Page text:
Today's Catch

Mar 3, 2015

Seabird McKeon

Another common species of sargassum shrimp, Leander tenuicornis (Palaemonidae) can be spotted by its long transparent claws or "chelae". Very similar shrimp are found in near shore habitats all around the world. Using genetic tests we may determine if they are the same species, or two different species that look the same. Off the coast of Belize, Smithsonian Marine Science Network postdoctoral...Read more
Mar 2, 2015
The ocean, which we often break into five large ocean basins, covers 71 percent of the Earth's surface and holds over 1.3 billion cubic km of water. This massive space also holds over 99 percent of the area that can be inhabited by life, along with geological features , such as the world's largest mountain range and the deepest canyon . Despite its vast space, the ocean can be impacted by human...Read more
Feb 27, 2015

D. Jude, Univ. of Michigan, NOAA

This bivalve mollusk is native to the Caspian Sea, lagoons of the Black Sea, and their inflowing rivers. It lives in fresh and brackish water and cannot tolerate full seawater. In the 18th and 19th centuries, zebra mussels spread through European canals, reaching the Baltic Sea and many European river estuaries. In 1988, it was discovered in the Great Lakes and has spread to many rivers and lakes...Read more
Feb 26, 2015

Smithsonian Environmental Research Center

Rapa whelks , native to Asia, have invaded the Chesapeake Bay and are raising concerns about economic and ecological impacts to the Bay region due to their shellfish diet. Scientists believe that this non-native species reached the Chesapeake by hitching a ride across the Atlantic, probably as larvae in a ship's ballast water. Learn more about how invasive species can be transported in ballast...Read more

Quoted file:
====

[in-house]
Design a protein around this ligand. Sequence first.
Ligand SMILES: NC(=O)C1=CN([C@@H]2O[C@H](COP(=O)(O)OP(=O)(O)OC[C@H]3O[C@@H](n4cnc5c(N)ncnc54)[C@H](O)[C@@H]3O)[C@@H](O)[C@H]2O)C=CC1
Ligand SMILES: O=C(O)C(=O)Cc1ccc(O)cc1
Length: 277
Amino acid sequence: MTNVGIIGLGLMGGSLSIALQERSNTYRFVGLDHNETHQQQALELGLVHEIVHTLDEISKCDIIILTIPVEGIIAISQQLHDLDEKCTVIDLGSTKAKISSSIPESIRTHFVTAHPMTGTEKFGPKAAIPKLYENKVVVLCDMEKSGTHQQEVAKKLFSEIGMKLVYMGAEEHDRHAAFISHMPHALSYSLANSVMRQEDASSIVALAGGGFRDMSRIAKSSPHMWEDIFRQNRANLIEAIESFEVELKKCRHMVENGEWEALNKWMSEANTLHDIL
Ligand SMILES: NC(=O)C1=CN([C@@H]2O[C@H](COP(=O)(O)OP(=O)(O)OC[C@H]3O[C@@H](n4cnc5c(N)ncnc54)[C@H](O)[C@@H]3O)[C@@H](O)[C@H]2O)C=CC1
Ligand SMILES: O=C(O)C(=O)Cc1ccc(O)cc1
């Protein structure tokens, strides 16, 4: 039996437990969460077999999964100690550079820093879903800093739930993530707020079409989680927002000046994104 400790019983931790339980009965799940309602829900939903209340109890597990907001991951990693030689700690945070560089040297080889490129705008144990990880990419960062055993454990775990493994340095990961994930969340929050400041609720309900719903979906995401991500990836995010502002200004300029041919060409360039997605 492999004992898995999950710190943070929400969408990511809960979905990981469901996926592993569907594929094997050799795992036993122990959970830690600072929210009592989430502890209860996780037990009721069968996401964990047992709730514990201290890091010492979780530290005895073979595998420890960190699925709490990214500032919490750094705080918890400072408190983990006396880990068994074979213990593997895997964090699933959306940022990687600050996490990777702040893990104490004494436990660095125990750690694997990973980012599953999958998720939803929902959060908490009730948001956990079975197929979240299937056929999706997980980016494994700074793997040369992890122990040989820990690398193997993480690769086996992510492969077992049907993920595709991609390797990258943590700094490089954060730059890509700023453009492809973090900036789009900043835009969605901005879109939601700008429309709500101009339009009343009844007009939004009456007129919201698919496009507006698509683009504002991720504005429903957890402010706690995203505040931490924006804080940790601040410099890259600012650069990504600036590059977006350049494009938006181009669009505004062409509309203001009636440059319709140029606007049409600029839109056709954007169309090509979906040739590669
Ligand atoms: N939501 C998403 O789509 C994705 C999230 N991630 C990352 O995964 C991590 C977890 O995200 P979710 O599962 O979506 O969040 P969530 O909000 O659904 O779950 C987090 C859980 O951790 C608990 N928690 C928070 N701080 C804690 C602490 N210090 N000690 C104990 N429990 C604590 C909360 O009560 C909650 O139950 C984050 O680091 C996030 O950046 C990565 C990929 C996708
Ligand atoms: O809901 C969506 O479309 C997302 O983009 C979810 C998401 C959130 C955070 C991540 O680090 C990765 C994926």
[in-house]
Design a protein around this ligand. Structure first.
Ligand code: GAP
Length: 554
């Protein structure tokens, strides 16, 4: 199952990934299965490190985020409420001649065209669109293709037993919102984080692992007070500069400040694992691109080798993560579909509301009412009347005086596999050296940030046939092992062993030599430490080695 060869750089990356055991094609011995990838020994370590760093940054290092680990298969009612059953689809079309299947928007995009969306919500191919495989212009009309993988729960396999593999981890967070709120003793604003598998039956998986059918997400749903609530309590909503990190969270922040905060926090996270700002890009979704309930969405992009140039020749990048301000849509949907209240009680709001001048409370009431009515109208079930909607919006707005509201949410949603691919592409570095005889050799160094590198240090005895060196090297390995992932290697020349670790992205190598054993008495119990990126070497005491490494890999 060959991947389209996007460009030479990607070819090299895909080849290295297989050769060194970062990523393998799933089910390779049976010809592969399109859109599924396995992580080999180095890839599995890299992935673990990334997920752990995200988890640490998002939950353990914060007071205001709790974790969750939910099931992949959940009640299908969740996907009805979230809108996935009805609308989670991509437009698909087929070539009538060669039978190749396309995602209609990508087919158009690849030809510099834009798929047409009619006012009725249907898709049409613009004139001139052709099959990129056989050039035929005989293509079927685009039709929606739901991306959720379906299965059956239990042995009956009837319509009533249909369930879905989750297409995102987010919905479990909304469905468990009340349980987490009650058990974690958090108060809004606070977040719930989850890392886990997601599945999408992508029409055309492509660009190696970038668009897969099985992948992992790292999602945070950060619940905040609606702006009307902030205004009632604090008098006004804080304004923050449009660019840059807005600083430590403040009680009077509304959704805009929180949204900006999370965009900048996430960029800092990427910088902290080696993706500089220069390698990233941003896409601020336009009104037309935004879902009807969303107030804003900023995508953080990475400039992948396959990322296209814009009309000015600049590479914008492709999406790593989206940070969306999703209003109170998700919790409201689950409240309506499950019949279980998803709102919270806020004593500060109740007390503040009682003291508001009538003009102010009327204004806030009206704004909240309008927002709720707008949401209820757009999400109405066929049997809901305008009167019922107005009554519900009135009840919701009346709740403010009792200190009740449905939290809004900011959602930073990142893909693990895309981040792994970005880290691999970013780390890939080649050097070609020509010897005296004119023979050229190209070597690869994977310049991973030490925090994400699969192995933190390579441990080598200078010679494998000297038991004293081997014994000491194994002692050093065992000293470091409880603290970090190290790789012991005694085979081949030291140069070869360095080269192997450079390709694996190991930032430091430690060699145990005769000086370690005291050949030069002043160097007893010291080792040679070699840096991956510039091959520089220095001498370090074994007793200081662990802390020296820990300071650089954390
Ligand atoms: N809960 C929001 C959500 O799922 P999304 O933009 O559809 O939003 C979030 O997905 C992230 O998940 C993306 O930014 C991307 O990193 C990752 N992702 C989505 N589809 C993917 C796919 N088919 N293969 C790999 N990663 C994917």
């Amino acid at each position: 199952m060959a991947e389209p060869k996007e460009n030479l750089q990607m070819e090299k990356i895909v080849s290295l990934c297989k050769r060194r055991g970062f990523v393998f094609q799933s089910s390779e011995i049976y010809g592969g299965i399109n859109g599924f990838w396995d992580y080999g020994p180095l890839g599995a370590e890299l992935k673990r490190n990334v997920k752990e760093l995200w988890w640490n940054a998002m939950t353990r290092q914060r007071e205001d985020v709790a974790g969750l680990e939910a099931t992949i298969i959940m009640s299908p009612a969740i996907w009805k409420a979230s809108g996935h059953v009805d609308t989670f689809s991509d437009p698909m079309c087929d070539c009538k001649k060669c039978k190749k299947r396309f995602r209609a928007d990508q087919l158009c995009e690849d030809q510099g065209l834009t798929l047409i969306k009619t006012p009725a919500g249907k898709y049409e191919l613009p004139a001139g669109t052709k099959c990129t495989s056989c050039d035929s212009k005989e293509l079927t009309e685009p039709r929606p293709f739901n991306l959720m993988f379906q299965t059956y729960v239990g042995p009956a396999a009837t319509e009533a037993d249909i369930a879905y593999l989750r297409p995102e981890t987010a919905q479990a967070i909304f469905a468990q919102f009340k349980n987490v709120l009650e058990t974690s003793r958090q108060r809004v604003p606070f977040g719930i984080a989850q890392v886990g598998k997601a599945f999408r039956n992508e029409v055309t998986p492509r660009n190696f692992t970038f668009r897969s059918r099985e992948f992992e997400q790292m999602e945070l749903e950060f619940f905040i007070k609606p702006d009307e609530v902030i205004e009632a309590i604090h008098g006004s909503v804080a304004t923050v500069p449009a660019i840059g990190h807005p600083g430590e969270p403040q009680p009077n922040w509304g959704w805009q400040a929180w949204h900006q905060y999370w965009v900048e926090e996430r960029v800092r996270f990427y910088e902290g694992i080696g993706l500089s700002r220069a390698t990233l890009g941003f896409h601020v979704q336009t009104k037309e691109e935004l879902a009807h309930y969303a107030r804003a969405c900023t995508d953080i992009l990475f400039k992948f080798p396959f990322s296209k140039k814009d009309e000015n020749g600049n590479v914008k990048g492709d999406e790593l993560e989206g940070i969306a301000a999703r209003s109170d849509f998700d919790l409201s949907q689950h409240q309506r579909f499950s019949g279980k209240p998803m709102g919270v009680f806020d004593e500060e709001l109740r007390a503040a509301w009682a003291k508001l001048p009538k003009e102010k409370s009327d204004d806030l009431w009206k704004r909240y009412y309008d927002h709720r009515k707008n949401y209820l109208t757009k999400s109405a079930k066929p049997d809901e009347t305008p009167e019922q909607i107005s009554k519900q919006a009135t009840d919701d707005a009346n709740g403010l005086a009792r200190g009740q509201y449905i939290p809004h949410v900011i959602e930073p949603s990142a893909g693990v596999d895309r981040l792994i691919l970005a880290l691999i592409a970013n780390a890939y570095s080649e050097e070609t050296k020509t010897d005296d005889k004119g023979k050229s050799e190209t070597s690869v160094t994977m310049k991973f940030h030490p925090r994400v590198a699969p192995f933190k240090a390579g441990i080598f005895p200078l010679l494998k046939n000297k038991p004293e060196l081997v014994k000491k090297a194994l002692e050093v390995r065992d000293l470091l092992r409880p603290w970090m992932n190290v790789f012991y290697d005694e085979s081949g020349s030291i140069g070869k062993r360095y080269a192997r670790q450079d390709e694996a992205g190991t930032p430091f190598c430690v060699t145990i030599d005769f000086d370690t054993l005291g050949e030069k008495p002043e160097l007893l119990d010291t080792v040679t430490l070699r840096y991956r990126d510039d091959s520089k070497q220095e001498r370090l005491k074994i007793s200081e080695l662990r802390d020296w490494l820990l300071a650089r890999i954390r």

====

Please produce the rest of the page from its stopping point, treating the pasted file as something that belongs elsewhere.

Feb 23, 2015

Alvaro E. Migotto

These brittlestars ( Ophiothela mirabilis ) are not where they belong. These animals, usually found in the Pacific Ocean, were first spotted in the Atlantic Ocean off the coast of Brazil in 2000. And since then, they've been seen crawling up and down the eastern coast of South America, all the way north to the Caribbean. O. mirabilis has been observed in ports up and down the coast, suggesting...Read more
Feb 19, 2015

Klaus Jost,

Scientists have been studying why populations of crown-of-thorns sea stars ( Acanthaster planci ) have mushroomed in recent decades. Coral reefs can suffer when the sea star's numbers explode because the echinoderm has a healthy appetite and few predators. And they are part of the reason why Australia's Great Barrier Reef is in decline .Read more
Feb 17, 2015
Seagrasses growing on the seafloor of the Chesapeake Bay rely on light to grow—but, thanks to pollution, that sunlight has become more scarce. Nutrient runoff from fertilizers causes microscopic algae (phytoplankton) to grow rapidly at the surface and, when the algae bloom in large enough numbers, the collection of tiny particles can actually block sunlight from reaching the seafloor. And this is...Read more
Feb 13, 2015

Bettina Balnis/Guylian Seahorses of the World 2010, Courtesy Project Seahorse

Most wild seahorses (here the thorny seahorse Hippocampus histrix ) are monogamous and some species mate for life. Searching for mates can be difficult and risky since seahorses are poor swimmers, found in low densities and rely on camouflage to hide from predators. By remaining faithful to one partner, the pairs have more time to undergo more pregnancies during a single mating season and,...Read more
Feb 12, 2015

Unknown/Turin Museum of Human Anatomy

This 1890 painting of Charles Darwin is on display at the Turin Museum of Human Anatomy. Darwin brought William Dampier’s books with him on the voyage to South America that led to Darwin’s formulation of the theory of evolution. He called Dampier’s detailed observations “a mine” of information. Read more about how Dampier influenced Darwin and other famous people.Read more
Feb 10, 2015

Ross Robertson

A candy basslet ( Liopropoma carmabi ) was just one of the specimens Smithsonian scientists collected from the deep reefs of Curaçao , in the southern Caribbean. To study biodiversity far below the water's surface, the researchers use a five-person submersible. Learn more about the scientists' research on the Ocean Portal's Summer in Sub Blog .Read more